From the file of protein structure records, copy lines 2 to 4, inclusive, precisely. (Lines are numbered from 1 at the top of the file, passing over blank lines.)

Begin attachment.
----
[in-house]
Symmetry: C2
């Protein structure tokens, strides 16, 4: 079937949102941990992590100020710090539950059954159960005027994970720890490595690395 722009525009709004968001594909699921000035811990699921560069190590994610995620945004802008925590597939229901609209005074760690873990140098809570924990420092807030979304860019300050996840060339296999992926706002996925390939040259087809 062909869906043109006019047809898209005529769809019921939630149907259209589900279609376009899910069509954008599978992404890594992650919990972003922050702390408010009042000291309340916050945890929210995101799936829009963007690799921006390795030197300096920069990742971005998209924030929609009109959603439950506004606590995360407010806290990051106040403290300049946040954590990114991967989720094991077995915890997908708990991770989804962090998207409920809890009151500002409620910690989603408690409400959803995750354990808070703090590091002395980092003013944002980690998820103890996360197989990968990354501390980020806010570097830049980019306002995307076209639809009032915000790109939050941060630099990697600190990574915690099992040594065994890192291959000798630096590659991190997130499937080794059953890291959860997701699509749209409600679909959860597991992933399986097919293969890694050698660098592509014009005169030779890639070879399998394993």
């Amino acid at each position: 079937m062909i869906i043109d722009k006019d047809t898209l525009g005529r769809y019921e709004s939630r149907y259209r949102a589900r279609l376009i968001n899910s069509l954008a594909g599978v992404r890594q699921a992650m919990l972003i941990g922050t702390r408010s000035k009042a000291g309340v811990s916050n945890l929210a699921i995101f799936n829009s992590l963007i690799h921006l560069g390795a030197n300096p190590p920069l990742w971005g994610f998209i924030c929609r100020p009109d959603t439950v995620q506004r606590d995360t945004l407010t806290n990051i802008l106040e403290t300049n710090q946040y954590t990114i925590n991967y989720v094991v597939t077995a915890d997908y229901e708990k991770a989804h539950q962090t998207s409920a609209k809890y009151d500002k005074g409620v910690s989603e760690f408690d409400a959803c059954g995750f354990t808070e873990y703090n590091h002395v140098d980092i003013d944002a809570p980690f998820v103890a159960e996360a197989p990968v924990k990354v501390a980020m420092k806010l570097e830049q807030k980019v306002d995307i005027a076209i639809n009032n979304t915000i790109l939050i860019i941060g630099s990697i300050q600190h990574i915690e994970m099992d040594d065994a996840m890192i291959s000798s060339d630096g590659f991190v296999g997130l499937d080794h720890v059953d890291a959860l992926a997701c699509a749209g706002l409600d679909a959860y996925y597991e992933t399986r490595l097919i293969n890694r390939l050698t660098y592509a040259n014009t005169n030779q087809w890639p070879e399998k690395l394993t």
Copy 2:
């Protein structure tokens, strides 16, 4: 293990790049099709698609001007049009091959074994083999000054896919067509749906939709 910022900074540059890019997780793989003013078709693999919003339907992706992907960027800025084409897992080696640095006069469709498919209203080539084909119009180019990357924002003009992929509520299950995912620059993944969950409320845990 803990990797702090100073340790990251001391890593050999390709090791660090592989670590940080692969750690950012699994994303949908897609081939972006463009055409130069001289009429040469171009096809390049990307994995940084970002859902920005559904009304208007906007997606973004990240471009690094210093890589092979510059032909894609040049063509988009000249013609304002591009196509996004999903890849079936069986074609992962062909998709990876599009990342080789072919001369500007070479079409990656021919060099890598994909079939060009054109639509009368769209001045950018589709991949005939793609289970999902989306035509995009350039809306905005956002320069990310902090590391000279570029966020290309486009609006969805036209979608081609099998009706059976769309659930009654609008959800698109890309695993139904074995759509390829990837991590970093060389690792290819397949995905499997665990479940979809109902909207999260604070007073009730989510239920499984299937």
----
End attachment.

Symmetry: C2
């Protein structure tokens, strides 16, 4: 079937949102941990992590100020710090539950059954159960005027994970720890490595690395 722009525009709004968001594909699921000035811990699921560069190590994610995620945004802008925590597939229901609209005074760690873990140098809570924990420092807030979304860019300050996840060339296999992926706002996925390939040259087809 062909869906043109006019047809898209005529769809019921939630149907259209589900279609376009899910069509954008599978992404890594992650919990972003922050702390408010009042000291309340916050945890929210995101799936829009963007690799921006390795030197300096920069990742971005998209924030929609009109959603439950506004606590995360407010806290990051106040403290300049946040954590990114991967989720094991077995915890997908708990991770989804962090998207409920809890009151500002409620910690989603408690409400959803995750354990808070703090590091002395980092003013944002980690998820103890996360197989990968990354501390980020806010570097830049980019306002995307076209639809009032915000790109939050941060630099990697600190990574915690099992040594065994890192291959000798630096590659991190997130499937080794059953890291959860997701699509749209409600679909959860597991992933399986097919293969890694050698660098592509014009005169030779890639070879399998394993």
């Amino acid at each position: 079937m062909i869906i043109d722009k006019d047809t898209l525009g005529r769809y019921e709004s939630r149907y259209r949102a589900r279609l376009i968001n899910s069509l954008a594909g599978v992404r890594q699921a992650m919990l972003i941990g922050t702390r408010s000035k009042a000291g309340v811990s916050n945890l929210a699921i995101f799936n829009s992590l963007i690799h921006l560069g390795a030197n300096p190590p920069l990742w971005g994610f998209i924030c929609r100020p009109d959603t439950v995620q506004r606590d995360t945004l407010t806290n990051i802008l106040e403290t300049n710090q946040y954590t990114i925590n991967y989720v094991v597939t077995a915890d997908y229901e708990k991770a989804h539950q962090t998207s409920a609209k809890y009151d500002k005074g409620v910690s989603e760690f408690d409400a959803c059954g995750f354990t808070e873990y703090n590091h002395v140098d980092i003013d944002a809570p980690f998820v103890a159960e996360a197989p990968v924990k990354v501390a980020m420092k806010l570097e830049q807030k980019v306002d995307i005027a076209i639809n009032n979304t915000i790109l939050i860019i941060g630099s990697i300050q600190h990574i915690e994970m099992d040594d065994a996840m890192i291959s000798s060339d630096g590659f991190v296999g997130l499937d080794h720890v059953d890291a959860l992926a997701c699509a749209g706002l409600d679909a959860y996925y597991e992933t399986r490595l097919i293969n890694r390939l050698t660098y592509a040259n014009t005169n030779q087809w890639p070879e399998k690395l394993t």